Punishment, Stuttering, and Disfluency Punishment is accorded a prominent place in most contemporary theories in attempts to explain both the origin and the persistence of stuttering behavior. A frequent observation about stuttering is that it increases and becomes more severe as the “penalty” or “punishment” for stuttering is increased. Theories of punishment, on the ... Research Article
Research Article  |   December 01, 1970
Punishment, Stuttering, and Disfluency
 
Author Affiliations & Notes
  • Gerald M. Siegel
    University of Minnesota, Minneapolis, Minnesota
Article Information
Research Articles
Research Article   |   December 01, 1970
Punishment, Stuttering, and Disfluency
Journal of Speech, Language, and Hearing Research, December 1970, Vol. 13, 677-714. doi:10.1044/jshr.1304.677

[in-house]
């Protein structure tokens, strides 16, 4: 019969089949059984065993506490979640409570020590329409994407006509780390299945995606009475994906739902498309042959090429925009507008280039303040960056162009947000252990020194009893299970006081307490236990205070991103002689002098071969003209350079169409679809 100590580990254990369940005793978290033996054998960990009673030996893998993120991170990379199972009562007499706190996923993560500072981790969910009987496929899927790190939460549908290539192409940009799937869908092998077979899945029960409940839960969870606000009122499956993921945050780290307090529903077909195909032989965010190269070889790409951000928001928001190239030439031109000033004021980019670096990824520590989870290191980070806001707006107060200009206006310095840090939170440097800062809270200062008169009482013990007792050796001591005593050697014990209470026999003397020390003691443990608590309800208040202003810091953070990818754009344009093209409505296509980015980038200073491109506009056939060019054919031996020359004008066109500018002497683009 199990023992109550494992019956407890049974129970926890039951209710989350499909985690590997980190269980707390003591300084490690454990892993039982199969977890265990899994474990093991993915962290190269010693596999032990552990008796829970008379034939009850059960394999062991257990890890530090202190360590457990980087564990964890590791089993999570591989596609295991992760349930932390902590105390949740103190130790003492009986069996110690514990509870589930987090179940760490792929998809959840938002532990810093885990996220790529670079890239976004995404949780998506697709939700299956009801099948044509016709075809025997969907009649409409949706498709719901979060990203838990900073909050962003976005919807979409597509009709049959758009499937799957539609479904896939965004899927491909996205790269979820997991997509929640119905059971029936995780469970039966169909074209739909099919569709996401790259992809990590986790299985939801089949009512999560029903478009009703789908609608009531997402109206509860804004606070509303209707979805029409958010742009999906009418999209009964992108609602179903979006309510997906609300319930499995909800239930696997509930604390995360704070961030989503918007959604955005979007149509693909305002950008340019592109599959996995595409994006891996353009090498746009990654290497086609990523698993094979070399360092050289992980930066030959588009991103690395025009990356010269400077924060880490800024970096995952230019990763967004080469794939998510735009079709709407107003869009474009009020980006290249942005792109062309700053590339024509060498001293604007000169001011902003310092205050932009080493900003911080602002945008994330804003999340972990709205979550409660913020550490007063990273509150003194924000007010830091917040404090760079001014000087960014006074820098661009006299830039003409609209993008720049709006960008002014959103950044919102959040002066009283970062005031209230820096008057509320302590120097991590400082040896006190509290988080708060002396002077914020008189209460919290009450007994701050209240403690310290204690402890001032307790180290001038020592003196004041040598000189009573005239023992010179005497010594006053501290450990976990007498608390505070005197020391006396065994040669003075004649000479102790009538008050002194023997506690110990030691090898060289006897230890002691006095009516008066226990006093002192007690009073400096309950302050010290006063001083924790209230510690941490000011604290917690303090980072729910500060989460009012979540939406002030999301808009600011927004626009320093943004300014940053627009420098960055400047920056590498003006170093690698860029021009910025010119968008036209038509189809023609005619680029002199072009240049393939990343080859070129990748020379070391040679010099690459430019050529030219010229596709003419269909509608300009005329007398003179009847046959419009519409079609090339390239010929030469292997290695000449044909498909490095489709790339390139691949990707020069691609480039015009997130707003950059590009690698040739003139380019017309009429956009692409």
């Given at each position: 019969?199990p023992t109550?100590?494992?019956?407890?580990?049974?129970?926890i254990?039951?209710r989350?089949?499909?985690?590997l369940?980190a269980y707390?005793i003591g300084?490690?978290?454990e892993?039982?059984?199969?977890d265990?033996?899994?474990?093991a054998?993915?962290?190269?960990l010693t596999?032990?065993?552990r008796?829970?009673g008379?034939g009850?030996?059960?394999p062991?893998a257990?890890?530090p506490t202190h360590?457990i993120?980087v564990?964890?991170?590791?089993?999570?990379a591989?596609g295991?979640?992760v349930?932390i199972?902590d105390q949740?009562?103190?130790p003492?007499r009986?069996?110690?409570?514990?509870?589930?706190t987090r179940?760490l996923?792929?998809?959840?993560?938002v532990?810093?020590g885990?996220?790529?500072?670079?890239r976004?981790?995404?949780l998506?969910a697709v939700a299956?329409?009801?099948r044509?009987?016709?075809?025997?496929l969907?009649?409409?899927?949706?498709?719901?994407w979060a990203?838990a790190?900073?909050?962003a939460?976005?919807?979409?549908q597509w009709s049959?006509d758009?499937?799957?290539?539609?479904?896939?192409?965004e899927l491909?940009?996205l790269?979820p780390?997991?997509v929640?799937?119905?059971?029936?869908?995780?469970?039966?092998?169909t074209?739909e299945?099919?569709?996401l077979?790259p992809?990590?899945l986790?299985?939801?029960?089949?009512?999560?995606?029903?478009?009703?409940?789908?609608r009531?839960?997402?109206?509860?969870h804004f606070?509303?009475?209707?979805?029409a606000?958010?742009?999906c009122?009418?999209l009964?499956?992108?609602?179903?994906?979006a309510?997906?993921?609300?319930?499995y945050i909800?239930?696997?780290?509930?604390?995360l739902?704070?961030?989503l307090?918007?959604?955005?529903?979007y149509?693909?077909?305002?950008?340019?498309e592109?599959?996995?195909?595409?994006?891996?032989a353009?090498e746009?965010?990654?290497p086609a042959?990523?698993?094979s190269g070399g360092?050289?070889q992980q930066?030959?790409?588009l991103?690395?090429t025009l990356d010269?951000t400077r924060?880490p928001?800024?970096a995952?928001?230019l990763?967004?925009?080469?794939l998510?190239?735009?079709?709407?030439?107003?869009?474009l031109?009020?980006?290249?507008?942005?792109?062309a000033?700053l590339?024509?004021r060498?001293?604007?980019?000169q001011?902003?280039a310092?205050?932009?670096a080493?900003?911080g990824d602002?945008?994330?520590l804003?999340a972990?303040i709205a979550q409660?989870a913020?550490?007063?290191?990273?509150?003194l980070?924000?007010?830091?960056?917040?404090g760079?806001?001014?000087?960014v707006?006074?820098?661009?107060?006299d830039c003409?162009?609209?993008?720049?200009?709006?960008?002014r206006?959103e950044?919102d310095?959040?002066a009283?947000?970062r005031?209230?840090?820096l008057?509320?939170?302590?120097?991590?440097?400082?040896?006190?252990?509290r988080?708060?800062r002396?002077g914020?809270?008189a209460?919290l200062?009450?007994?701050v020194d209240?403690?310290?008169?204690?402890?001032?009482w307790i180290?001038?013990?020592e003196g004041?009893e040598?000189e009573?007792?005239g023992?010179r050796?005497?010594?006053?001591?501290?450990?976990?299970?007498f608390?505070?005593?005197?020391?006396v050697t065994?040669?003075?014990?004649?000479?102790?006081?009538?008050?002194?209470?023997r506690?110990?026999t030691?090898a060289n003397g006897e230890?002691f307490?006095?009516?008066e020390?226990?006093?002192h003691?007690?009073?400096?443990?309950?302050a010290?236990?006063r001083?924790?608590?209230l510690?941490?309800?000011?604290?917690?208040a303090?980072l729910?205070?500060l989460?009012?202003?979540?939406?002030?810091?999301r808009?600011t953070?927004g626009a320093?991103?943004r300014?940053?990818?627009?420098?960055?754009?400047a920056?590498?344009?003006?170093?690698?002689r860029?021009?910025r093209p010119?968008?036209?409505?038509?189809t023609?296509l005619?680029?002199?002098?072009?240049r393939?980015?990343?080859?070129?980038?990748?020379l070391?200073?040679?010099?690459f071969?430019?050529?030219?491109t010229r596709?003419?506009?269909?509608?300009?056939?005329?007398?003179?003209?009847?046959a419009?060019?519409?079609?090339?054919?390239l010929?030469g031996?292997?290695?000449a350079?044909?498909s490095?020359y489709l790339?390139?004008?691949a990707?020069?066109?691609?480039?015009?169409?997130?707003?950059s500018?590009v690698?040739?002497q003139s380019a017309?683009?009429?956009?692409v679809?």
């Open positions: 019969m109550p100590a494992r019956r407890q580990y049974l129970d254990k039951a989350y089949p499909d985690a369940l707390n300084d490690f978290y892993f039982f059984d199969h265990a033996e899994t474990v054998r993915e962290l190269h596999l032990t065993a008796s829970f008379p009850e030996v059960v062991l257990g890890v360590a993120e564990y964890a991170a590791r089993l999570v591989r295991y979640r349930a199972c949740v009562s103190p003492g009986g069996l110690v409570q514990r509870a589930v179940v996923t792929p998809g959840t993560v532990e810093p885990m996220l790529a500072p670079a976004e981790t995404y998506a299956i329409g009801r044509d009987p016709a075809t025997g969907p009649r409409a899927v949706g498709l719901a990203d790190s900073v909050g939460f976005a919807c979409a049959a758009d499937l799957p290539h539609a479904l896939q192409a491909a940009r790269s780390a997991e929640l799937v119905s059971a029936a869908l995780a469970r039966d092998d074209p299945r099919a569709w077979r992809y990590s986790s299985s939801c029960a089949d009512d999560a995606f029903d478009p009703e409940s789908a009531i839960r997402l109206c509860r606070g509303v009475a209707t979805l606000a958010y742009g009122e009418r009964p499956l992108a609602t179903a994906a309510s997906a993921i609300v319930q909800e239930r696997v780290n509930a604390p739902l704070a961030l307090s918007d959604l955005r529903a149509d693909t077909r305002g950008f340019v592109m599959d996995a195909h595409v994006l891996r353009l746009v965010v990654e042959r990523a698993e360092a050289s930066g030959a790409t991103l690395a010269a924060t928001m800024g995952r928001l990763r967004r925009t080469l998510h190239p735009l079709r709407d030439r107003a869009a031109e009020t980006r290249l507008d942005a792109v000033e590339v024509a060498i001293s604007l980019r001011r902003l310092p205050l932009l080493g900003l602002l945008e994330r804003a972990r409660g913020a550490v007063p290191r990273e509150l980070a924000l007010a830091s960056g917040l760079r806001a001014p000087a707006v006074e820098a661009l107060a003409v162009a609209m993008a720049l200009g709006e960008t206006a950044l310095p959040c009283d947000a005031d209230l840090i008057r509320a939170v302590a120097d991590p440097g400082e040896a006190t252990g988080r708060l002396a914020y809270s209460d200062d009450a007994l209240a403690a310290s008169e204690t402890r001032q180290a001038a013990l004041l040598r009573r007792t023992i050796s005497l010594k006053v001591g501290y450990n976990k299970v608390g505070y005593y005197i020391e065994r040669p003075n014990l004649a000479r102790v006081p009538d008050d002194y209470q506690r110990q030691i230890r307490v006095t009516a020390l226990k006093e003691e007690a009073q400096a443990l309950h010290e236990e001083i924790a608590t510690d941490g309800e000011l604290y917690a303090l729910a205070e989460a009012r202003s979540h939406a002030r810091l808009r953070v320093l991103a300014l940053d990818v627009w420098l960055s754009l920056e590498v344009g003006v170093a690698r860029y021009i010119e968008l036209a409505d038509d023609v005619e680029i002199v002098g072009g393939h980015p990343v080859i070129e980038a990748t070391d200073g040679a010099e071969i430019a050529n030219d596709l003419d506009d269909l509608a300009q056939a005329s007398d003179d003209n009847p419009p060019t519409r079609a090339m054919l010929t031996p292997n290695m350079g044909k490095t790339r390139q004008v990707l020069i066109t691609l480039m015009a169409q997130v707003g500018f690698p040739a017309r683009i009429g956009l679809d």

History: Received July 8, 1969
 
Journal of Speech, Language, and Hearing Research, December 1970, Vol. 13, 677-714. doi:10.1044/jshr.1304.677
History: Received July 8, 1969

Punishment is accorded a prominent place in most contemporary theories in attempts to explain both the origin and the persistence of stuttering behavior. A frequent observation about stuttering is that it increases and becomes more severe as the “penalty” or “punishment” for stuttering is increased. Theories of punishment, on the other hand, suggest that behaviors that are punished should decrease in frequency. The purpose of this article is to examine the role of punishment in relation to stuttering and to consider the apparent paradox between traditional views of stuttering and modern treatments of punishment. The initial portion of the paper reexamines the research usually cited in discussions of punishment and stuttering. Then, more recent research, emanating primarily from the laboratories of the University of Minnesota, is reviewed and juxtaposed against these earlier treatments. Finally, an attempt is made to reconcile some of the apparent discrepancies between the two bodies of literature, and some theoretical models are proposed for examining further the relationship between punishment and the development of stuttering.

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